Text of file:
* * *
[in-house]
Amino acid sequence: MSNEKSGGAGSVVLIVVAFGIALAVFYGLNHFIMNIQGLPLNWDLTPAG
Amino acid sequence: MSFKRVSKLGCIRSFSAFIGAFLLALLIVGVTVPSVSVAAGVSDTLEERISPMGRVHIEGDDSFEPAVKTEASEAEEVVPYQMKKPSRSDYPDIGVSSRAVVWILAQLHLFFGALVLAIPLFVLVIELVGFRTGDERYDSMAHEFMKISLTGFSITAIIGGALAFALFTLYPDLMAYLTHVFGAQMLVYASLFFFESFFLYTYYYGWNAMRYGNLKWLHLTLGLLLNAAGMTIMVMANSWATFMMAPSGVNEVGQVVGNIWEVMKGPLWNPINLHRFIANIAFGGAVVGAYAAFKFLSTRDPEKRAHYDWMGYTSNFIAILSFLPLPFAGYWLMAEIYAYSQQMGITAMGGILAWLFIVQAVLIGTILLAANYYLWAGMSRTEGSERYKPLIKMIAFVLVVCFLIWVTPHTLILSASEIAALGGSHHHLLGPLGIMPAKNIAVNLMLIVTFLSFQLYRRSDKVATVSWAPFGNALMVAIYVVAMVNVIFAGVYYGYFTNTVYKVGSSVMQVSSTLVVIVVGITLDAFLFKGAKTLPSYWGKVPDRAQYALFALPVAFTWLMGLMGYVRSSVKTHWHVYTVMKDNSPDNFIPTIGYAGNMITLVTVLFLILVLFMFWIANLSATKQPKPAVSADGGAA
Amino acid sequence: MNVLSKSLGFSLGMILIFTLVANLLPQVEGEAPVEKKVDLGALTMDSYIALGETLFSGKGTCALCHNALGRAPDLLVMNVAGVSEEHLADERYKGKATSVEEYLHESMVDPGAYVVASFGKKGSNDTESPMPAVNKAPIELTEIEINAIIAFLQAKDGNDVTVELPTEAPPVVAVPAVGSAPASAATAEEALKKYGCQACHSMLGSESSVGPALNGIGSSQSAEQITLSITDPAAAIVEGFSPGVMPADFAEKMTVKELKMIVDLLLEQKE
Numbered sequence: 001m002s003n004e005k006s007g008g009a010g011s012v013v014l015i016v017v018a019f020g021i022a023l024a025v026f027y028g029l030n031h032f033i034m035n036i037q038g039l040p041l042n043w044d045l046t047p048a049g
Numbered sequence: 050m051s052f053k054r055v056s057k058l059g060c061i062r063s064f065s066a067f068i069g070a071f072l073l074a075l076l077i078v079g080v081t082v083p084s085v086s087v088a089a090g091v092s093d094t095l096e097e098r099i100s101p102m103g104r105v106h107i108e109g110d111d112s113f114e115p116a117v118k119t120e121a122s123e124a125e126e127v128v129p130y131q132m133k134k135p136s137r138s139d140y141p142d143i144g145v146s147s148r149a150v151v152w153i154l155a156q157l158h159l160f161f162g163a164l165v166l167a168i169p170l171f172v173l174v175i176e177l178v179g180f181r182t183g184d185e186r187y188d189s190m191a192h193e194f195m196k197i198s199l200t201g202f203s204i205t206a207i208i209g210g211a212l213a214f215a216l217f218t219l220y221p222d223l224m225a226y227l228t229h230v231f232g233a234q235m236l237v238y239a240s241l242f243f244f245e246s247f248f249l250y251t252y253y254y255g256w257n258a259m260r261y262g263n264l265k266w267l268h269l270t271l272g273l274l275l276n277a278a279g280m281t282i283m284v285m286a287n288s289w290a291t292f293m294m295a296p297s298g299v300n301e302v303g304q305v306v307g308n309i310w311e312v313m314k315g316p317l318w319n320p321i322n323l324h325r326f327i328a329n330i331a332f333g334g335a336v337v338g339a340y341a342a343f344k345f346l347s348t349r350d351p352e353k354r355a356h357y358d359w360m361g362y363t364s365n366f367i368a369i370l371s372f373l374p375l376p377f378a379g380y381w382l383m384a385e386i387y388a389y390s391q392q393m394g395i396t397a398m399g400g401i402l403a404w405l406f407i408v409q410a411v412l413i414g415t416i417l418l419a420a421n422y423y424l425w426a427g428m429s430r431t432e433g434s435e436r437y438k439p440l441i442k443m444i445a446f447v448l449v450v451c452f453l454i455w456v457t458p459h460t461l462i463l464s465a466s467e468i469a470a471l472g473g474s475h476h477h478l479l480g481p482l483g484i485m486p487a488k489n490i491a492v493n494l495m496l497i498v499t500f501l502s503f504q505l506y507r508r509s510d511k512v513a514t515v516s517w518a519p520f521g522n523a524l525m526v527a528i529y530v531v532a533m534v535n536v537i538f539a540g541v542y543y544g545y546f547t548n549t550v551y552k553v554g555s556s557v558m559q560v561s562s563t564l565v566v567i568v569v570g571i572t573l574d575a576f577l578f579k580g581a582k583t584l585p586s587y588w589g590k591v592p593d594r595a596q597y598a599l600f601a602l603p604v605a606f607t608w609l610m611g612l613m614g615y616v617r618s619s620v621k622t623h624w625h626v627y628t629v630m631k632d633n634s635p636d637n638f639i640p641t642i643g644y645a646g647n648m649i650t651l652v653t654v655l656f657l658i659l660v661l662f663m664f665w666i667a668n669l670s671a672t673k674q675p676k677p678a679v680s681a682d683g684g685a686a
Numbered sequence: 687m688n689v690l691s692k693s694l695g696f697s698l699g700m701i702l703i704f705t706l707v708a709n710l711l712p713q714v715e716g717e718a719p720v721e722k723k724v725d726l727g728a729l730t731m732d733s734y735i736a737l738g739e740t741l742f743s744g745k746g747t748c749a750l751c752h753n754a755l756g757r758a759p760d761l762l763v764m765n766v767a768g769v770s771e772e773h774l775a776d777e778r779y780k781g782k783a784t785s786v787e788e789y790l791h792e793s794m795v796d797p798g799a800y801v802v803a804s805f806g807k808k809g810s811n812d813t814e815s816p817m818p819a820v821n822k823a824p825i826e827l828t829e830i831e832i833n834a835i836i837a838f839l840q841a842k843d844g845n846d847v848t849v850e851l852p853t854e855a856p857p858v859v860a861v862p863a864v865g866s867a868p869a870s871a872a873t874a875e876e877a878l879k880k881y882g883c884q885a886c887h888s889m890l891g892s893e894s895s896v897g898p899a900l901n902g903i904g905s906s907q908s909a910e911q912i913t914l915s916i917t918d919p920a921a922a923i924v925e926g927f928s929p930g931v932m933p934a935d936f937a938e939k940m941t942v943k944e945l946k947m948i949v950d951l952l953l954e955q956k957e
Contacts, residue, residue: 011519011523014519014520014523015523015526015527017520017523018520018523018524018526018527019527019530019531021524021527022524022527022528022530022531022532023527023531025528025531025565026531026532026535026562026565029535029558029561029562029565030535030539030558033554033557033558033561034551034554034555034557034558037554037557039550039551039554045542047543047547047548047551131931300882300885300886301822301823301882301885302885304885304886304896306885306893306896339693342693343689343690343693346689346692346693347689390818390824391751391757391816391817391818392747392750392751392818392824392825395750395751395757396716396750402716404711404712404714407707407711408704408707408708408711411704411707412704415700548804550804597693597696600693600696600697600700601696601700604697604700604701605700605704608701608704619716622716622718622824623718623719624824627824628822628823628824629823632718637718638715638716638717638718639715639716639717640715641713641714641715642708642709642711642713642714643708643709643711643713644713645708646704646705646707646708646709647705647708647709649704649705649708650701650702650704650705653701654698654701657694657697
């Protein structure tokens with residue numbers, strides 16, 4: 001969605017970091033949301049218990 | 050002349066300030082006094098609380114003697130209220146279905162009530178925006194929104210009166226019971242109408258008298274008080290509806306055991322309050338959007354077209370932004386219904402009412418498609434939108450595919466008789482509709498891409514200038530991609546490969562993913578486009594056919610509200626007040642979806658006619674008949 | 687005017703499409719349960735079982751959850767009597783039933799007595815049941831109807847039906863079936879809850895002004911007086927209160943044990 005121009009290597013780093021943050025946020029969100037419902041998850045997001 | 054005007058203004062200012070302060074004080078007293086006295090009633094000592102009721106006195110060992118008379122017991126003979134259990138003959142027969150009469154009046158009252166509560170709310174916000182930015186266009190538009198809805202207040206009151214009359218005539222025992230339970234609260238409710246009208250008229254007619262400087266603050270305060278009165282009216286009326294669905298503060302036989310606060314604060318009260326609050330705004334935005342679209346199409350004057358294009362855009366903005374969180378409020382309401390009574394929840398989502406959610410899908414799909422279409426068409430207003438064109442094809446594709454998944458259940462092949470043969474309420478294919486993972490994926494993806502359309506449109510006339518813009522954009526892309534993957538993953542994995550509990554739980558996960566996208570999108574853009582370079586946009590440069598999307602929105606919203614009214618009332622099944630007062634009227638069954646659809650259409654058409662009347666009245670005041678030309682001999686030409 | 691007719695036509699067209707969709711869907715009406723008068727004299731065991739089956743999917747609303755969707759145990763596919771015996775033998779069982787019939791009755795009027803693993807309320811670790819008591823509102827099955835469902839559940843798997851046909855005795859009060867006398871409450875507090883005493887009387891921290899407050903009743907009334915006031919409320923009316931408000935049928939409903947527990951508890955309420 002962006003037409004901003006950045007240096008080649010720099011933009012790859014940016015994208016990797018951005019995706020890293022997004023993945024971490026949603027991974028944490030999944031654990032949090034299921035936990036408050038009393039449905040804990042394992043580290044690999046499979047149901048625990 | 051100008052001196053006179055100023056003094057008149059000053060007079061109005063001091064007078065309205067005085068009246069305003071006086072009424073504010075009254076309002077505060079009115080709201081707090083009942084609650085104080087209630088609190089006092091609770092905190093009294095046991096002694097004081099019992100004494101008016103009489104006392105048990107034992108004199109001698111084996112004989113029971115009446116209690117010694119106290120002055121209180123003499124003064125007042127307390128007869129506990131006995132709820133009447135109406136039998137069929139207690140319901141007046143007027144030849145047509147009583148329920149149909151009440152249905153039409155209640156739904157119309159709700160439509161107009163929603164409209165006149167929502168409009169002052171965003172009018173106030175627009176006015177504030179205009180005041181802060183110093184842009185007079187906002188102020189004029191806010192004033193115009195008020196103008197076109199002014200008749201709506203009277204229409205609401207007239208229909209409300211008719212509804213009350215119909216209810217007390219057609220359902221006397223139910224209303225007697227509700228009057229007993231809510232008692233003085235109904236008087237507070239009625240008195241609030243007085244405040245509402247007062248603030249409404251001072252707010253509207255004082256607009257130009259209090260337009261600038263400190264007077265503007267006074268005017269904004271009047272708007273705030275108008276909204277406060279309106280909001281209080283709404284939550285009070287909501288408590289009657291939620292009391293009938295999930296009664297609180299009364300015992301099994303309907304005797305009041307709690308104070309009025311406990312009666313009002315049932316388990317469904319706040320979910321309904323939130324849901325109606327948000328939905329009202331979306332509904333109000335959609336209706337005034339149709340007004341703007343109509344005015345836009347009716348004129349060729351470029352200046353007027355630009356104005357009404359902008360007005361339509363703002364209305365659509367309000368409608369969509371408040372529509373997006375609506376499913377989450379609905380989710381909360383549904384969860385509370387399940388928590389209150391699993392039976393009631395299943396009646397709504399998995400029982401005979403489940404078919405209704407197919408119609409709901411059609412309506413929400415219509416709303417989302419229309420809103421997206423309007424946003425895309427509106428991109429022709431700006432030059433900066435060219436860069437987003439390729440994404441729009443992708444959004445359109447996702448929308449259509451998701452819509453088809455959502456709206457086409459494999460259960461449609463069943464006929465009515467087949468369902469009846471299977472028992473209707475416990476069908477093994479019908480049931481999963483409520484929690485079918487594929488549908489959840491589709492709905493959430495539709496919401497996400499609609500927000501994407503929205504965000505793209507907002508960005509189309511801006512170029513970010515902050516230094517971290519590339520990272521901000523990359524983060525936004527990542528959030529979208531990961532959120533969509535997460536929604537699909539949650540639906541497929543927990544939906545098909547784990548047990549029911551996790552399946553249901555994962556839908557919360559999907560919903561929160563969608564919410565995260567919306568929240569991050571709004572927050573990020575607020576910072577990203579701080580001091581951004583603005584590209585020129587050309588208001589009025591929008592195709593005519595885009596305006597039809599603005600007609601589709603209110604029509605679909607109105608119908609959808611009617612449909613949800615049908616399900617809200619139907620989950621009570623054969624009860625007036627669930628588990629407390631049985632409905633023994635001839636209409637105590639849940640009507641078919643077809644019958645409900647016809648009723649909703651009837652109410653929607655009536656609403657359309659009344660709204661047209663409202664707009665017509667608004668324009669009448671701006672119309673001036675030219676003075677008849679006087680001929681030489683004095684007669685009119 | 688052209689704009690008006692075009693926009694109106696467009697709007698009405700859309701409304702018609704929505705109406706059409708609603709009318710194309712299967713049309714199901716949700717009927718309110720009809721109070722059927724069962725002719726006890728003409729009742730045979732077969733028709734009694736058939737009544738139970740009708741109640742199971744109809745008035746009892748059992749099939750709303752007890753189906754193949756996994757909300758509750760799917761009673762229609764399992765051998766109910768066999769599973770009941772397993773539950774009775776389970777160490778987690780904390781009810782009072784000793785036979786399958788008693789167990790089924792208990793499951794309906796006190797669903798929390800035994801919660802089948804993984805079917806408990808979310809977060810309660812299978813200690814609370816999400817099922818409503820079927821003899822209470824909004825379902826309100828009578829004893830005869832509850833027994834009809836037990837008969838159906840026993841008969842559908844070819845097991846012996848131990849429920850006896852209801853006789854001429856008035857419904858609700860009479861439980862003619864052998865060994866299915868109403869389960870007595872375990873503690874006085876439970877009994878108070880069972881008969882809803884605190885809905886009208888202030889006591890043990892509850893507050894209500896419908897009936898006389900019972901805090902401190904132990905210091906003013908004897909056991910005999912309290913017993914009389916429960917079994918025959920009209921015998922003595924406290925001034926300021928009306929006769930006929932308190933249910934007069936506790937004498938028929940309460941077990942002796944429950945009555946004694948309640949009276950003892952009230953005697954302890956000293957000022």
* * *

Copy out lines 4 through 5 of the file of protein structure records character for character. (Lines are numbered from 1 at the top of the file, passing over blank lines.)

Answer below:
Amino acid sequence: MNVLSKSLGFSLGMILIFTLVANLLPQVEGEAPVEKKVDLGALTMDSYIALGETLFSGKGTCALCHNALGRAPDLLVMNVAGVSEEHLADERYKGKATSVEEYLHESMVDPGAYVVASFGKKGSNDTESPMPAVNKAPIELTEIEINAIIAFLQAKDGNDVTVELPTEAPPVVAVPAVGSAPASAATAEEALKKYGCQACHSMLGSESSVGPALNGIGSSQSAEQITLSITDPAAAIVEGFSPGVMPADFAEKMTVKELKMIVDLLLEQKE
Numbered sequence: 001m002s003n004e005k006s007g008g009a010g011s012v013v014l015i016v017v018a019f020g021i022a023l024a025v026f027y028g029l030n031h032f033i034m035n036i037q038g039l040p041l042n043w044d045l046t047p048a049g